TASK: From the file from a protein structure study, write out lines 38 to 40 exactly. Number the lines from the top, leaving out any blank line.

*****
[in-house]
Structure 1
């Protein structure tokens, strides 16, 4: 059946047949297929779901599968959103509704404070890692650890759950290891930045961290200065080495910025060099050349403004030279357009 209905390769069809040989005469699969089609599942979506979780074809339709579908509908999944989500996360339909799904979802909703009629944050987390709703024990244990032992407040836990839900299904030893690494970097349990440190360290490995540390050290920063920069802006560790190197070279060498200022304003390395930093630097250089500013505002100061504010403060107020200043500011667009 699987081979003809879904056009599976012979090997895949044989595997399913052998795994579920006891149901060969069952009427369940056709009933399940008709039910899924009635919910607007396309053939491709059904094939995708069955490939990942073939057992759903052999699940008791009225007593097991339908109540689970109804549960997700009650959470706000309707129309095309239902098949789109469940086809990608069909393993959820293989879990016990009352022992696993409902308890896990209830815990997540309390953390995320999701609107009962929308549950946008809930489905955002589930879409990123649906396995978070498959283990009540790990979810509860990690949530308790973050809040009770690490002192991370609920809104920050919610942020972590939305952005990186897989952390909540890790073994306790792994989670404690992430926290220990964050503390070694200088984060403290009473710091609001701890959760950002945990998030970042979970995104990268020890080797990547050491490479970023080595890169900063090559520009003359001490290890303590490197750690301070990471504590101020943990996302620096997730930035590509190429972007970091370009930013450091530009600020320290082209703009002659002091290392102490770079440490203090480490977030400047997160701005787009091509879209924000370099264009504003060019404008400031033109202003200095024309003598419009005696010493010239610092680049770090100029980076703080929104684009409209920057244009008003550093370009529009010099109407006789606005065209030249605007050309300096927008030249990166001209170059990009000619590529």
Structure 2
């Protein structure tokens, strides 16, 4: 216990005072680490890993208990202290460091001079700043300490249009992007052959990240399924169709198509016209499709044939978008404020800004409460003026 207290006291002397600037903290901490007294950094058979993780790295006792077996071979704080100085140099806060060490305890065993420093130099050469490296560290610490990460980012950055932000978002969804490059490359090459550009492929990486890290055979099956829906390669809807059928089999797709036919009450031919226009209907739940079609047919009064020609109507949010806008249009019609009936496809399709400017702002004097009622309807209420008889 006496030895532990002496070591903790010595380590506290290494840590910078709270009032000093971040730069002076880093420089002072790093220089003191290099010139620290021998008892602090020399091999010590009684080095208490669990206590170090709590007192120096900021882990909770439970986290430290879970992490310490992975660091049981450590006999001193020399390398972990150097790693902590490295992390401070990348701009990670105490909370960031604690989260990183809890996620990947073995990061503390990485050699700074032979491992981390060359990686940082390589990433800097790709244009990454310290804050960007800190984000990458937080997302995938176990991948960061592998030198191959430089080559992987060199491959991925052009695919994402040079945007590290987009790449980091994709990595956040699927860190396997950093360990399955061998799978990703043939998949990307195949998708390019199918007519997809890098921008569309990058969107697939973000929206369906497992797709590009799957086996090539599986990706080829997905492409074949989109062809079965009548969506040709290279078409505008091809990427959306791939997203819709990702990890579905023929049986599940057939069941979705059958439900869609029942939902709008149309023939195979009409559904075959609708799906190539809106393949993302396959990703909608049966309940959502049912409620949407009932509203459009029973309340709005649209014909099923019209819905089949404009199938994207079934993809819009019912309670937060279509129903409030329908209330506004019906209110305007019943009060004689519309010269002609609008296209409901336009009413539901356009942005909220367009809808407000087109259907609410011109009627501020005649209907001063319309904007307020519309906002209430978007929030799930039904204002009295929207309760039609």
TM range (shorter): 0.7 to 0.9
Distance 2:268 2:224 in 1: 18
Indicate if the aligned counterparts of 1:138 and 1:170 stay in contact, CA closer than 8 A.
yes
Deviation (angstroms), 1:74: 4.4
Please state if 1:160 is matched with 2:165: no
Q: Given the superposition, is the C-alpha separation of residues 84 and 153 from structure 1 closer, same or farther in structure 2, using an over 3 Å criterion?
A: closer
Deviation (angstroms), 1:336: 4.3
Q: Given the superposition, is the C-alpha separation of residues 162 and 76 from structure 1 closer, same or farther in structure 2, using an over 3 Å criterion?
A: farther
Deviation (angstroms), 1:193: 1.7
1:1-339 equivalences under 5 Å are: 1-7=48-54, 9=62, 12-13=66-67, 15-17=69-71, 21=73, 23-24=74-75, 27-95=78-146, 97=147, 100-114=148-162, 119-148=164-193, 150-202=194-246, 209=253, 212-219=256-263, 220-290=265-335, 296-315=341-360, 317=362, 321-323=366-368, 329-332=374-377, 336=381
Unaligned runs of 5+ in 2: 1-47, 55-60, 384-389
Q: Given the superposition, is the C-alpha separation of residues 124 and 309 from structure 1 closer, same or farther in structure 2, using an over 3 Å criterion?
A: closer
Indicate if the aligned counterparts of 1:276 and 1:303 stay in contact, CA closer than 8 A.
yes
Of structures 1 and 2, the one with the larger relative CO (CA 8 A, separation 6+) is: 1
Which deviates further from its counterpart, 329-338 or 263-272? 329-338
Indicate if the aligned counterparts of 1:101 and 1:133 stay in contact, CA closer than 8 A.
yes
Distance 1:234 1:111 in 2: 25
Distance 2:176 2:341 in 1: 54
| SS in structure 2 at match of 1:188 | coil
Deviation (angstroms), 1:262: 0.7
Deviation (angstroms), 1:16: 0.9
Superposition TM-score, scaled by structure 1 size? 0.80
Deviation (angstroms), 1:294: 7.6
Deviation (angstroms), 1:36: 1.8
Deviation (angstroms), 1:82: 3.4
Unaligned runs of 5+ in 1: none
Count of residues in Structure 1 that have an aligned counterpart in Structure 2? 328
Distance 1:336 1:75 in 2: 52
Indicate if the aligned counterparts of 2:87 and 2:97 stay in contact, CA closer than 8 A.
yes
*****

Count of residues in Structure 1 that have an aligned counterpart in Structure 2? 328
Distance 1:336 1:75 in 2: 52
Indicate if the aligned counterparts of 2:87 and 2:97 stay in contact, CA closer than 8 A.